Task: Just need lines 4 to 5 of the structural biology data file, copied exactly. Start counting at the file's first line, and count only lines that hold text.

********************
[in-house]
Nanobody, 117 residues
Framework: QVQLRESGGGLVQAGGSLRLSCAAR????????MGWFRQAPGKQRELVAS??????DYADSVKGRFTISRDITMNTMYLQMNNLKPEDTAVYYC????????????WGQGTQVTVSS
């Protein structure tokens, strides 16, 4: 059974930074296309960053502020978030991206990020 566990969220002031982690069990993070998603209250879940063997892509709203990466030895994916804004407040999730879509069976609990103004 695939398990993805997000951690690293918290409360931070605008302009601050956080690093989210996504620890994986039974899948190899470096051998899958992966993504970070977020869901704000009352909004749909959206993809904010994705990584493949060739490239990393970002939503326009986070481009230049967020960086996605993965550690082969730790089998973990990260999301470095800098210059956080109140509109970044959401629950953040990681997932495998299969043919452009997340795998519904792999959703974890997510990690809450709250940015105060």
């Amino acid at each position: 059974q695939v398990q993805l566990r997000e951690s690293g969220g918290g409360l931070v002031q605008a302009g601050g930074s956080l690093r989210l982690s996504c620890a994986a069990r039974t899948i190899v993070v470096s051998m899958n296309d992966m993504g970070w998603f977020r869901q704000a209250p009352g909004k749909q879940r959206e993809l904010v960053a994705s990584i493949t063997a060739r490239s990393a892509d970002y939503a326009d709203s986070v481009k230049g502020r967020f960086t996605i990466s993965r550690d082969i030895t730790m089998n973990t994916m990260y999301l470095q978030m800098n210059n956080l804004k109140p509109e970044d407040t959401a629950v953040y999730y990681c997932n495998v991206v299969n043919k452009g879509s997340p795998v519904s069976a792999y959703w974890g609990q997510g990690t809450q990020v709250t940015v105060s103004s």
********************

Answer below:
């Protein structure tokens, strides 16, 4: 059974930074296309960053502020978030991206990020 566990969220002031982690069990993070998603209250879940063997892509709203990466030895994916804004407040999730879509069976609990103004 695939398990993805997000951690690293918290409360931070605008302009601050956080690093989210996504620890994986039974899948190899470096051998899958992966993504970070977020869901704000009352909004749909959206993809904010994705990584493949060739490239990393970002939503326009986070481009230049967020960086996605993965550690082969730790089998973990990260999301470095800098210059956080109140509109970044959401629950953040990681997932495998299969043919452009997340795998519904792999959703974890997510990690809450709250940015105060």
């Amino acid at each position: 059974q695939v398990q993805l566990r997000e951690s690293g969220g918290g409360l931070v002031q605008a302009g601050g930074s956080l690093r989210l982690s996504c620890a994986a069990r039974t899948i190899v993070v470096s051998m899958n296309d992966m993504g970070w998603f977020r869901q704000a209250p009352g909004k749909q879940r959206e993809l904010v960053a994705s990584i493949t063997a060739r490239s990393a892509d970002y939503a326009d709203s986070v481009k230049g502020r967020f960086t996605i990466s993965r550690d082969i030895t730790m089998n973990t994916m990260y999301l470095q978030m800098n210059n956080l804004k109140p509109e970044d407040t959401a629950v953040y999730y990681c997932n495998v991206v299969n043919k452009g879509s997340p795998v519904s069976a792999y959703w974890g609990q997510g990690t809450q990020v709250t940015v105060s103004s």